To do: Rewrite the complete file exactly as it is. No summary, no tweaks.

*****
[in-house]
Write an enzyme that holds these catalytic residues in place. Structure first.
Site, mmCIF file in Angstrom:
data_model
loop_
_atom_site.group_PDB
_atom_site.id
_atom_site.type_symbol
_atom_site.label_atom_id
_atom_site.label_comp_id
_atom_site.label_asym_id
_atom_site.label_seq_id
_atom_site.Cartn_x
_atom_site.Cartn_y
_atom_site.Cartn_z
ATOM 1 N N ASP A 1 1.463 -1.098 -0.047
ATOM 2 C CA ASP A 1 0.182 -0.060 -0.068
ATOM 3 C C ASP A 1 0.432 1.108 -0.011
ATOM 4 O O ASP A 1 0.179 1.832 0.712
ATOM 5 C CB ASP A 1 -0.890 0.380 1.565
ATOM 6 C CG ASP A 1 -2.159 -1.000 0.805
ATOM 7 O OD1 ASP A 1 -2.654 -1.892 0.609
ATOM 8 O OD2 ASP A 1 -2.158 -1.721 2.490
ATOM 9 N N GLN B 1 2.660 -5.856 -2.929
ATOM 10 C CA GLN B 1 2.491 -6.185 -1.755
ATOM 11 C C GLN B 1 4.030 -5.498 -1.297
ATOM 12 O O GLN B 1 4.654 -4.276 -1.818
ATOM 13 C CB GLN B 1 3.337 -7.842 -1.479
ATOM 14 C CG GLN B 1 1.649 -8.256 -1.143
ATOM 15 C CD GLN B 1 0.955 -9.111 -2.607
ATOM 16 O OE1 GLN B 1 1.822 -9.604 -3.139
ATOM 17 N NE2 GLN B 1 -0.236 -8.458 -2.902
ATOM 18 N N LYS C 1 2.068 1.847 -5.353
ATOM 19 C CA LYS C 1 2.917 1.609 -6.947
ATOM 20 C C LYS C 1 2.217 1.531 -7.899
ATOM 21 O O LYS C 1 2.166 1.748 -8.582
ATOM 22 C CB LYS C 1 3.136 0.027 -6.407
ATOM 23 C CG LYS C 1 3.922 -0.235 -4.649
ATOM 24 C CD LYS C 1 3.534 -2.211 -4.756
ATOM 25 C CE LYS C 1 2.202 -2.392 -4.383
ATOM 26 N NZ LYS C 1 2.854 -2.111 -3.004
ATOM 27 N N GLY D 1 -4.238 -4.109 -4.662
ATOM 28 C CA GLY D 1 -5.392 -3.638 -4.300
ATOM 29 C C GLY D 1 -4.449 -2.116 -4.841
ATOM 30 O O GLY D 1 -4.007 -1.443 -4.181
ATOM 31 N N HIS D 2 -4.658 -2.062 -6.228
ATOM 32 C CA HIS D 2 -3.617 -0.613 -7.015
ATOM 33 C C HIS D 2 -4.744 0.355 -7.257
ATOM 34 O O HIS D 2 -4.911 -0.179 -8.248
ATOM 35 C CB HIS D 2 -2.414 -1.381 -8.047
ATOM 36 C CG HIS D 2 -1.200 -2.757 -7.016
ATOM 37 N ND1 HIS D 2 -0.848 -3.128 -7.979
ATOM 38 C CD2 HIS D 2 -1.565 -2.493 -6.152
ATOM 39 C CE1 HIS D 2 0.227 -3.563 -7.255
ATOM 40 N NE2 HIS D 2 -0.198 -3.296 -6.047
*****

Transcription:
[in-house]
Write an enzyme that holds these catalytic residues in place. Structure first.
Site, mmCIF file in Angstrom:
data_model
loop_
_atom_site.group_PDB
_atom_site.id
_atom_site.type_symbol
_atom_site.label_atom_id
_atom_site.label_comp_id
_atom_site.label_asym_id
_atom_site.label_seq_id
_atom_site.Cartn_x
_atom_site.Cartn_y
_atom_site.Cartn_z
ATOM 1 N N ASP A 1 1.463 -1.098 -0.047
ATOM 2 C CA ASP A 1 0.182 -0.060 -0.068
ATOM 3 C C ASP A 1 0.432 1.108 -0.011
ATOM 4 O O ASP A 1 0.179 1.832 0.712
ATOM 5 C CB ASP A 1 -0.890 0.380 1.565
ATOM 6 C CG ASP A 1 -2.159 -1.000 0.805
ATOM 7 O OD1 ASP A 1 -2.654 -1.892 0.609
ATOM 8 O OD2 ASP A 1 -2.158 -1.721 2.490
ATOM 9 N N GLN B 1 2.660 -5.856 -2.929
ATOM 10 C CA GLN B 1 2.491 -6.185 -1.755
ATOM 11 C C GLN B 1 4.030 -5.498 -1.297
ATOM 12 O O GLN B 1 4.654 -4.276 -1.818
ATOM 13 C CB GLN B 1 3.337 -7.842 -1.479
ATOM 14 C CG GLN B 1 1.649 -8.256 -1.143
ATOM 15 C CD GLN B 1 0.955 -9.111 -2.607
ATOM 16 O OE1 GLN B 1 1.822 -9.604 -3.139
ATOM 17 N NE2 GLN B 1 -0.236 -8.458 -2.902
ATOM 18 N N LYS C 1 2.068 1.847 -5.353
ATOM 19 C CA LYS C 1 2.917 1.609 -6.947
ATOM 20 C C LYS C 1 2.217 1.531 -7.899
ATOM 21 O O LYS C 1 2.166 1.748 -8.582
ATOM 22 C CB LYS C 1 3.136 0.027 -6.407
ATOM 23 C CG LYS C 1 3.922 -0.235 -4.649
ATOM 24 C CD LYS C 1 3.534 -2.211 -4.756
ATOM 25 C CE LYS C 1 2.202 -2.392 -4.383
ATOM 26 N NZ LYS C 1 2.854 -2.111 -3.004
ATOM 27 N N GLY D 1 -4.238 -4.109 -4.662
ATOM 28 C CA GLY D 1 -5.392 -3.638 -4.300
ATOM 29 C C GLY D 1 -4.449 -2.116 -4.841
ATOM 30 O O GLY D 1 -4.007 -1.443 -4.181
ATOM 31 N N HIS D 2 -4.658 -2.062 -6.228
ATOM 32 C CA HIS D 2 -3.617 -0.613 -7.015
ATOM 33 C C HIS D 2 -4.744 0.355 -7.257
ATOM 34 O O HIS D 2 -4.911 -0.179 -8.248
ATOM 35 C CB HIS D 2 -2.414 -1.381 -8.047
ATOM 36 C CG HIS D 2 -1.200 -2.757 -7.016
ATOM 37 N ND1 HIS D 2 -0.848 -3.128 -7.979
ATOM 38 C CD2 HIS D 2 -1.565 -2.493 -6.152
ATOM 39 C CE1 HIS D 2 0.227 -3.563 -7.255
ATOM 40 N NE2 HIS D 2 -0.198 -3.296 -6.047